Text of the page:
• Weirdly, my out-of-confines-of-the-high-school were also on the radar of my mentor. So, what was that like? It might be thought I was a freak of sorts, in that I didn’t do the “normal” things. No drugs. No parties. No sex with either sex (though I was on occasion aggressively sought out by both [that assessment not including my girlfriend with whom I would go on long walks, long horseback rides, long car rides on the forest gravel roads, or play tennis with or just sit around and talk with, sometimes speaking about how many kids God might grace us with should we get married). But, notice the negatives: no drugs, no parties, no sex. Considering the negatives, don’t imagine that I was a paragon of virtue, which would have been a positive if it were true. I was surely like everyone else in every way except that perhaps what kept me in line was the stunning untowardness from some few, including one girl my age not from the area who admitted to being sent to me by others in order to make me fall[!]), and, as I say, untowardness from porn producers, from adult stalkers, etc. I’ve already written about my success in surviving such encounters. My non-conformity with the lowest common denominator didn’t go unnoticed. In fact, I impossibly heard about my own whereabouts from others, and my activities, and what my life was like – with much solidarity – though I was flummoxed as to how they could possibly know, and all of this in at least as much detail as I knew myself, and perhaps more. Did they know of my getting shot at on the road I lived on, on so many occasions, some dozens of bullets all told as a kid: shotgun (perhaps a dozen shells; I felt the spray) and rifle (I remember the whizzing sounds of dozens of bullets all told at that time)? I never talked about it. But they sure did make me feel loved. They marveled at my situational awareness even then. That was encouraging. Perhaps this knowledge of my private life helped others to open up to me, that is, those with suicidal ideation, quite a number. The powers that be would thank me for my efforts in these situations, particularly my special mentor. Some situations were pretty dramatic. I remember them well. Just getting nostalgic about this, I call to mind, now, some half dozen people who did not commit suicide after long and sometimes multiple conversations. I recall a couple of failures later in life in Europe and the West Bank. One killed himself so as to escape being used to kill others, a success in its own weird way I guess. Another waited ten more years to become a suicide bomber, at least that much delay, a success in its own weird way I guess. I’ve written of those elsewhere, but those last two were long after high school and so of no consequence here.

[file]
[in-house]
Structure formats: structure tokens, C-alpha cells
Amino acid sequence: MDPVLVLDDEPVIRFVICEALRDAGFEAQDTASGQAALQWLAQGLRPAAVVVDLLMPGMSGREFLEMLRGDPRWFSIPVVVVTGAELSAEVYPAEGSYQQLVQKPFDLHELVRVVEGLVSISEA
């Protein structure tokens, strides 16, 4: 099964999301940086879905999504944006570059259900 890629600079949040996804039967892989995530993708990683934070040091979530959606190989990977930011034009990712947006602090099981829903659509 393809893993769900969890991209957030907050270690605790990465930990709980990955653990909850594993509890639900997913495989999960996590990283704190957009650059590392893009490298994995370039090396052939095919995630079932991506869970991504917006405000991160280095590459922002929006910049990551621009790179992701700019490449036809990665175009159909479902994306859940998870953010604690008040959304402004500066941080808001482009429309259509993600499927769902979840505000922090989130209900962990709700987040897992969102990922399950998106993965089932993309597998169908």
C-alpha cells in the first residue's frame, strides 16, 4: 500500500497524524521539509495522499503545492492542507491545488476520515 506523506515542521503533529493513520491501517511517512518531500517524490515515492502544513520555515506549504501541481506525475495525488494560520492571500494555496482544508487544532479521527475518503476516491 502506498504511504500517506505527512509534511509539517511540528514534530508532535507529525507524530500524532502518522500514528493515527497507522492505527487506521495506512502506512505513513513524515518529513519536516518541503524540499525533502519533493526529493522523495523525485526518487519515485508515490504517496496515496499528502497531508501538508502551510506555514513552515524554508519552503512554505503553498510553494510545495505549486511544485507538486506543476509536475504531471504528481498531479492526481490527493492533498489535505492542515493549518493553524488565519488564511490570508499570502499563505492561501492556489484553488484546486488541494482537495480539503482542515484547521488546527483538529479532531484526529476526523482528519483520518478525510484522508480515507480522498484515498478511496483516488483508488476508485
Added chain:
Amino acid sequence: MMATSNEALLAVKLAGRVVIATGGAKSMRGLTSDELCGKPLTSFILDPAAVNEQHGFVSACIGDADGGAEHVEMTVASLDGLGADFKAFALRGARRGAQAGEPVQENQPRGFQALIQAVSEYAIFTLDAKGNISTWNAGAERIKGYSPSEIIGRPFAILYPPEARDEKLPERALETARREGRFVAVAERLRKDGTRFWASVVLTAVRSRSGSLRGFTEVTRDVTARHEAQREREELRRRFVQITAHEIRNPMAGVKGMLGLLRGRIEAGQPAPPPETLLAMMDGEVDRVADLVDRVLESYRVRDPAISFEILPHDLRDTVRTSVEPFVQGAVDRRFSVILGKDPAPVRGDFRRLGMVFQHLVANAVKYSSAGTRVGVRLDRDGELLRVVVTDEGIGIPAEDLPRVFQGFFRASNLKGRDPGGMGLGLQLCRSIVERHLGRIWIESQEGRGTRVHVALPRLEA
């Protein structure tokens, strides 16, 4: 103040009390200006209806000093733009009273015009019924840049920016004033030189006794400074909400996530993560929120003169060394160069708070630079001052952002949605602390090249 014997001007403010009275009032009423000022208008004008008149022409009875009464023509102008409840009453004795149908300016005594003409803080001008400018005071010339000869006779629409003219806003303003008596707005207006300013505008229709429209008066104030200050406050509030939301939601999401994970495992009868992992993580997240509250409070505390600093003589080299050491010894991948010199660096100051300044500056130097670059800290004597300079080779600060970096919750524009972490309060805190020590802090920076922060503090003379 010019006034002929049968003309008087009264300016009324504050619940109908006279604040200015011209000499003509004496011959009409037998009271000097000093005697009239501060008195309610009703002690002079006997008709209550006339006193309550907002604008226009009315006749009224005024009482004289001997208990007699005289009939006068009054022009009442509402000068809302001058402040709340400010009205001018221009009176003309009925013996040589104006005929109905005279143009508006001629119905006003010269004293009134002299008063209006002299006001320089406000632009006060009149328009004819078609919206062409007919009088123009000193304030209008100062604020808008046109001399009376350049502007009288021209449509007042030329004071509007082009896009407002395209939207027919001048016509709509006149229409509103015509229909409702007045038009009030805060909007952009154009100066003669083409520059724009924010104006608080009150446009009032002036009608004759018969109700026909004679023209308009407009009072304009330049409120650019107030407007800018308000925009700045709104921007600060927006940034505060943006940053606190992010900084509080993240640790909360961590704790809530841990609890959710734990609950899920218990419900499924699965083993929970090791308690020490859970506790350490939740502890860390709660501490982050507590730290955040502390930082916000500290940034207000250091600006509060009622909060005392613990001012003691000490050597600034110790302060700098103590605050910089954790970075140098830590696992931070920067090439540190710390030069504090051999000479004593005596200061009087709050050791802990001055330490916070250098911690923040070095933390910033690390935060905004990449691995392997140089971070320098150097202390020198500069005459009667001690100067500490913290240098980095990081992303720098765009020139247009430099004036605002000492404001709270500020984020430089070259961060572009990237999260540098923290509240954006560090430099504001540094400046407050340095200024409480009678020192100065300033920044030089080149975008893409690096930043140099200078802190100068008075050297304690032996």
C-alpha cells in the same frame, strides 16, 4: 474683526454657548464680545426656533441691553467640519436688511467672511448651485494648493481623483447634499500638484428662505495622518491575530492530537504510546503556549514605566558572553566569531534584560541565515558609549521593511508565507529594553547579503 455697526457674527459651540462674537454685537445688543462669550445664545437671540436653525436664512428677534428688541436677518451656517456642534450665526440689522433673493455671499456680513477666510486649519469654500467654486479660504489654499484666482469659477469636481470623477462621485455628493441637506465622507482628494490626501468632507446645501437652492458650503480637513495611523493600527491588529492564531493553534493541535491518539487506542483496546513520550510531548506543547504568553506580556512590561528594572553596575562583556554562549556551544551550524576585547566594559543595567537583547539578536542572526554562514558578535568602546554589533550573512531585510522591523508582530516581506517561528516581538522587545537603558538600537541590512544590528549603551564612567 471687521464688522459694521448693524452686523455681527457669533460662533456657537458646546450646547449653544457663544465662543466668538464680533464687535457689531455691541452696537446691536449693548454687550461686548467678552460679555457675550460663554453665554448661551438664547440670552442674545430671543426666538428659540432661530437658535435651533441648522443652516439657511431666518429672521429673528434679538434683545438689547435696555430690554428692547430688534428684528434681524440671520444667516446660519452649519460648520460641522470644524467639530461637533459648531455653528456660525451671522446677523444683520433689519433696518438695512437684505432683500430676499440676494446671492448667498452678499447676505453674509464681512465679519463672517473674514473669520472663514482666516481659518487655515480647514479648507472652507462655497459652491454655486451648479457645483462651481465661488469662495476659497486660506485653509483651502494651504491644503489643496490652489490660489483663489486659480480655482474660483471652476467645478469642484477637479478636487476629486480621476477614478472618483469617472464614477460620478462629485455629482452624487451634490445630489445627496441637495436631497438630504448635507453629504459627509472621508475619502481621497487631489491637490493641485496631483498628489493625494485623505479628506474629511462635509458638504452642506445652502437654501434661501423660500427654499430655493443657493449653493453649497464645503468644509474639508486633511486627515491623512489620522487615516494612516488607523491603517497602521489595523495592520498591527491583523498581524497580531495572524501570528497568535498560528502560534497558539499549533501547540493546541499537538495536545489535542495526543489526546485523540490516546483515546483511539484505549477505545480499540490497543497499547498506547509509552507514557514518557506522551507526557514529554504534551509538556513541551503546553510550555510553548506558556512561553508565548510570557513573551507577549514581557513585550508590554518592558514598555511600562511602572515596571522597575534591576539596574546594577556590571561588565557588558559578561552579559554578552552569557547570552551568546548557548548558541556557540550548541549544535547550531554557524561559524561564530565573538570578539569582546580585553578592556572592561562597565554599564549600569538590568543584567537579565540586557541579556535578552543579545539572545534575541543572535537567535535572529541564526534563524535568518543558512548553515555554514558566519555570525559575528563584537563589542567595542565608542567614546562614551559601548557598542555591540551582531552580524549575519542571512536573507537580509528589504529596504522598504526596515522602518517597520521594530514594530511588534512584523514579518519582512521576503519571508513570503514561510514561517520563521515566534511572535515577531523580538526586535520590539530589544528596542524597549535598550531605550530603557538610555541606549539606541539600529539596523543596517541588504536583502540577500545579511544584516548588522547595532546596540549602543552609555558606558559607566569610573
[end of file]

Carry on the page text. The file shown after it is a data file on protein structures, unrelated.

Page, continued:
buckwheat horse